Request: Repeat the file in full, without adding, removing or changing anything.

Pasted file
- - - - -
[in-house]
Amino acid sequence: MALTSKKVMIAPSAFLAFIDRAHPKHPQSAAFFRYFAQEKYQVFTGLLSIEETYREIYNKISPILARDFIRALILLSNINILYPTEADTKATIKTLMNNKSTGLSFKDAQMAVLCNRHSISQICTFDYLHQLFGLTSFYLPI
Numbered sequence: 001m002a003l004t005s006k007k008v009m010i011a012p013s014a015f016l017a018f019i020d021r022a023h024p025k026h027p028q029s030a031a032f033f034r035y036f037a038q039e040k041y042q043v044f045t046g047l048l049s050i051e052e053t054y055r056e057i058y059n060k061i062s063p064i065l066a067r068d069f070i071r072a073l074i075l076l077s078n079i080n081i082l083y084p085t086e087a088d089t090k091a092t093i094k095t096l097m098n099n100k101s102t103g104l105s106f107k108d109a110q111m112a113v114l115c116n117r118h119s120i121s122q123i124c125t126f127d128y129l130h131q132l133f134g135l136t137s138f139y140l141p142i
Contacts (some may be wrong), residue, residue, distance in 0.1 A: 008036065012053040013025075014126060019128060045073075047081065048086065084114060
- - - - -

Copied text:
[in-house]
Amino acid sequence: MALTSKKVMIAPSAFLAFIDRAHPKHPQSAAFFRYFAQEKYQVFTGLLSIEETYREIYNKISPILARDFIRALILLSNINILYPTEADTKATIKTLMNNKSTGLSFKDAQMAVLCNRHSISQICTFDYLHQLFGLTSFYLPI
Numbered sequence: 001m002a003l004t005s006k007k008v009m010i011a012p013s014a015f016l017a018f019i020d021r022a023h024p025k026h027p028q029s030a031a032f033f034r035y036f037a038q039e040k041y042q043v044f045t046g047l048l049s050i051e052e053t054y055r056e057i058y059n060k061i062s063p064i065l066a067r068d069f070i071r072a073l074i075l076l077s078n079i080n081i082l083y084p085t086e087a088d089t090k091a092t093i094k095t096l097m098n099n100k101s102t103g104l105s106f107k108d109a110q111m112a113v114l115c116n117r118h119s120i121s122q123i124c125t126f127d128y129l130h131q132l133f134g135l136t137s138f139y140l141p142i
Contacts (some may be wrong), residue, residue, distance in 0.1 A: 008036065012053040013025075014126060019128060045073075047081065048086065084114060